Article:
From The Texas Chainsaw Massacre

Texas Chainsaw Massacre: The Next Generation – A True Horror Turd

Texas Chainsaw Massacre: The Next Generation. 1994. Directed & Written by Kim Henkel.
Starring Renée Zellweger, Matthew McConaughey, Robert Jacks, Tonie Perensky, Joe Stevens, Lisa Marie Newmyer, John Harrison, Tyler Shea Cone, James Gale, Chris Kilgore, & Vince Brock.
Genre Pictures/Return Productions/Ultra Muchos Productions.
Rated R. 93 minutes.
Horror/Thriller


POSTER As an avid lover of all things Texas Chainsaw Massacre, there’s only so far I can stretch my love for a franchise. Like Halloween it is a series that has its ups, big ones, and real low downs. As is the case with the previous movie, Leatherface: Texas Chainsaw Massacre III, I first remember encountering this movie – then known as Return of the Texas Chainsaw Massacre – as a lurid looking bit of cinema staring down at me from the shelf of my local Allan’s Video. After seeing the original, this may have actually been the next one in the franchise I actually saw. Either way, when I did see it there’s such a distance in quality, and tone, from the original that it’s hard to even imagine these as in the same universe. Yet co-creator with Tobe Hooper of the original classic, Kim Henkel, considers this the true sequel to that impeccable, terrifying horror. With passing reference to the other sequels, The Next Generation picks up on its own grounds.  A strange look at what Leatherface and his clan came to be. I can’t help wondering if Henkel even remembers the original. Because this movie is nothing but a gratuitous, jumbled mess of of slasher horror that takes us a beloved horror villain and turns him into almost a caricature of himself. Along the way there are a couple decent scares, in terms of disturbing subject matter. Overall, this is a hot mess. Emphasis on the mess.
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One thing that really boggles me is the change in Leatherface. Now, I’m not saying that having a character like this whose mind gets lost in a fluid identity wouldn’t be good fodder for a horror character. What I don’t understand is how Leatherface went from the sort of mentally challenged, hulking young man from Hooper’s original, to this mentally challenged crossdresser. Just doesn’t make sense to me. And I know, we’re talking about The Texas Chainsaw Massacre here. Doesn’t have to make complete logical sense. However, there’s a point where things simply get lost. The horror of Leatherface was enough. We could’ve seen him here as an older version of himself, living such a fucked up existence that he got more vicious, more unfeeling, whatever. Instead, Henkel turns Leatherface into a sideshow. He is disturbing, no doubt. Not near as scary. In the first film when he slides that door open and smashes his unsuspecting victim with the big mallet, that image burns itself into your brain. Such an odd, quick shock. Here, the wailing and screaming sounds of Leatherface are creepy, they just don’t have any weight. If this were a completely new character I’d say it might work. Rather than do that Henkel only works off the existing character, taking him to new and inorganic places. Only one of the reasons this movie doesn’t work at all.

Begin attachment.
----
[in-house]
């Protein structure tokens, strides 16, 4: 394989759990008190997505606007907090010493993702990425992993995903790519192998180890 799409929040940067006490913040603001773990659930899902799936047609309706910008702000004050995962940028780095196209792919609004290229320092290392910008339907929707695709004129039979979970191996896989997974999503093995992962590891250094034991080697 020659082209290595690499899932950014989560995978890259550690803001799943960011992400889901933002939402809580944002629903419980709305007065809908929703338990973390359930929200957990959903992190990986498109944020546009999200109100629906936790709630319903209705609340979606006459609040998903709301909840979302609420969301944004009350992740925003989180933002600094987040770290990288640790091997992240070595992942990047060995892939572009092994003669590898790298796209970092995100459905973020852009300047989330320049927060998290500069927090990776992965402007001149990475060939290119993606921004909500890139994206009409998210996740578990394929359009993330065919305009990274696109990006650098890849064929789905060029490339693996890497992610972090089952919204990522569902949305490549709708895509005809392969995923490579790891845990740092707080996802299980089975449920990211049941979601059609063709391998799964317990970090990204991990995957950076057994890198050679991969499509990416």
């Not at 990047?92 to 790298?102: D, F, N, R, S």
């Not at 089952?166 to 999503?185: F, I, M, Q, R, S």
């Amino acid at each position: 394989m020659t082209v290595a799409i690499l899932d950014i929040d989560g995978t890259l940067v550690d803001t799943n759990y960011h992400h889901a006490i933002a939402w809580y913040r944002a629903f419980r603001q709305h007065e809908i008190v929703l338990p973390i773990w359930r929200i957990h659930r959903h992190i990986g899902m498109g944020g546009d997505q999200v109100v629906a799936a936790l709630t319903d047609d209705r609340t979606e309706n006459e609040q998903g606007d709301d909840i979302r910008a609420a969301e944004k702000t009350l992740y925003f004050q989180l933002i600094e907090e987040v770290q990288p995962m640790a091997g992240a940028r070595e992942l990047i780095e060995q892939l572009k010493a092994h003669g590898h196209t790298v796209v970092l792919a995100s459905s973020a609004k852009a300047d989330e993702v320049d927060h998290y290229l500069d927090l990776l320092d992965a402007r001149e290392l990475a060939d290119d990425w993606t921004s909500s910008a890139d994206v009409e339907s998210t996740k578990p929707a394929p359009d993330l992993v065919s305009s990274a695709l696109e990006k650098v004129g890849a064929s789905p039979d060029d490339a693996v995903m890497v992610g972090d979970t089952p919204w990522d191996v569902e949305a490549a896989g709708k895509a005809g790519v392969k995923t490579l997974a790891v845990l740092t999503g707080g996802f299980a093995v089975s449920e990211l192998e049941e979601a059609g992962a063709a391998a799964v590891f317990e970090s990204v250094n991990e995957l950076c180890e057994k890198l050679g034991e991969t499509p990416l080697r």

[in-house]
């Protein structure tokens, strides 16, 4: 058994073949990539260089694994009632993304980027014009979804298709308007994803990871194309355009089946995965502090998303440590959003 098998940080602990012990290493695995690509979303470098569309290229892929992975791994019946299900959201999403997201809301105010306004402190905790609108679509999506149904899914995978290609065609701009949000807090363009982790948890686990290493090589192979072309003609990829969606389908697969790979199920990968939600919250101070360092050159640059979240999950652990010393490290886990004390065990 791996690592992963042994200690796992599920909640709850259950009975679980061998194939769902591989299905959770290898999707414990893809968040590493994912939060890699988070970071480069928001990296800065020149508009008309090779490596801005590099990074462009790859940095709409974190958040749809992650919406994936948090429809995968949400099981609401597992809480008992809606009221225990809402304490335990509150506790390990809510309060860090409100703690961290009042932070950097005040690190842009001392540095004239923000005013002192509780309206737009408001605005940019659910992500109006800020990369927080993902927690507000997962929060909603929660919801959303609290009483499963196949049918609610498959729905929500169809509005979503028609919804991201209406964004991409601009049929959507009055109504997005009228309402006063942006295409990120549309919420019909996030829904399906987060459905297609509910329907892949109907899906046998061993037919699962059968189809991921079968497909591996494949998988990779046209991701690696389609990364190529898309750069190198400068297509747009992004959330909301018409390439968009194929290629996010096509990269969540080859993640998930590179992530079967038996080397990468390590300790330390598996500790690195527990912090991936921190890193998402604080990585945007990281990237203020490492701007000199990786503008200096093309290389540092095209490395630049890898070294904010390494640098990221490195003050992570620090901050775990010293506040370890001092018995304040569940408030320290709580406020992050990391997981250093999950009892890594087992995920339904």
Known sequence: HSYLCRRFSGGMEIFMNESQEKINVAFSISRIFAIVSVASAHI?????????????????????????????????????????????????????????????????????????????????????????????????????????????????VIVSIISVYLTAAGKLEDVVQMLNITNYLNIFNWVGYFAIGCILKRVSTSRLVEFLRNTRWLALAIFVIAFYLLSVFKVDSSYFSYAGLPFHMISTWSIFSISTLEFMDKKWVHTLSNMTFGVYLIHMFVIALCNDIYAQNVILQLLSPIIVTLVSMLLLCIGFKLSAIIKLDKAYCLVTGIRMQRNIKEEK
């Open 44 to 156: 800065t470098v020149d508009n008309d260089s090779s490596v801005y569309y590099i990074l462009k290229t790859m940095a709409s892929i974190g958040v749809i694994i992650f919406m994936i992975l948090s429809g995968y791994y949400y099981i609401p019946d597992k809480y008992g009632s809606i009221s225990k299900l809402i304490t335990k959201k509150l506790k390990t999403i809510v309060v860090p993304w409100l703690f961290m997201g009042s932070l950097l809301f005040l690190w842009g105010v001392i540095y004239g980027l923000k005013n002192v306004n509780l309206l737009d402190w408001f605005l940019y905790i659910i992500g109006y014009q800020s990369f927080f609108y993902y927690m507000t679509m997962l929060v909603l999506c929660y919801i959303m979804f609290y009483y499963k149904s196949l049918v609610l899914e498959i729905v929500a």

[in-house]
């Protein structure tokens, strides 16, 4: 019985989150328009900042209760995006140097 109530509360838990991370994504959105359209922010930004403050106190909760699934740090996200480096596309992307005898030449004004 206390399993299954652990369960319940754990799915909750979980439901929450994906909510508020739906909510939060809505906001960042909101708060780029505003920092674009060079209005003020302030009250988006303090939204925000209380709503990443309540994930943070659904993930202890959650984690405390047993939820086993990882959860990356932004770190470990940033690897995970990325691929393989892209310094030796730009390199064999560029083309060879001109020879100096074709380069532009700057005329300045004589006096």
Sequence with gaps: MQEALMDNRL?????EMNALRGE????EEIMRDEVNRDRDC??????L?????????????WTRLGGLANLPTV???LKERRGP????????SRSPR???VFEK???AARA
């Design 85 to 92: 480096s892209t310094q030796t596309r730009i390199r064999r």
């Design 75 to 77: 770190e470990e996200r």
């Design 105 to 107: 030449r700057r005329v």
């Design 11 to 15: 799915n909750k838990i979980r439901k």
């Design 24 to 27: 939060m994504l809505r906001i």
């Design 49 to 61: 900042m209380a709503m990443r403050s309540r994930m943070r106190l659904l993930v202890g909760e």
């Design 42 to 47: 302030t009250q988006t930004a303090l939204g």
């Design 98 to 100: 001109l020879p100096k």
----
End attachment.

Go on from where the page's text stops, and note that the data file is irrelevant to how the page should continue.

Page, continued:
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Not only are the characters awful, particularly our lead killer, the dialogue in the movie is atrocious. Along with some of the nonsensical ways people react to the situations at hand. I’m a seasoned movie watcher and horror lover – 4,200+ films deep, many of which are horror and thrillers. So I’m not entirely judgmental about how characters act in movies. Especially horror, as you need to really put yourself in the shoes of these people. How would you act if a massive mentally challenged man with a skin mask on his face and a chainsaw in his hand ran after you? Probably not with much sense. But even early on when McConaughey’s character breaks a neck, the other guy standing around doesn’t seem all that worried. I’d be shitting myself. There are so many instances of behaviour like this throughout. A couple are, I believe, purposeful, as Henkel sort of toys with subversion of the genre. Most of it is likely unintentional. The dialogue is weak, more and more as the time goes on. One character goes on quoting writers endlessly, as if this backwoods maniac killer belonging to a family of killers is a bookworm. He goes from Samuel Johnson to Machiavelli to any number of nonsense references. It’s poor writing and serves no purpose other than to try giving the family members quirks of their own, to make things weirder and more unsettling. Only thing it effectively does is make this sequel come off like a comedy. A bad one. Comedy that’s unintentional is not always a good thing, and here Henkel makes nothing funny in the right way, unfortunately.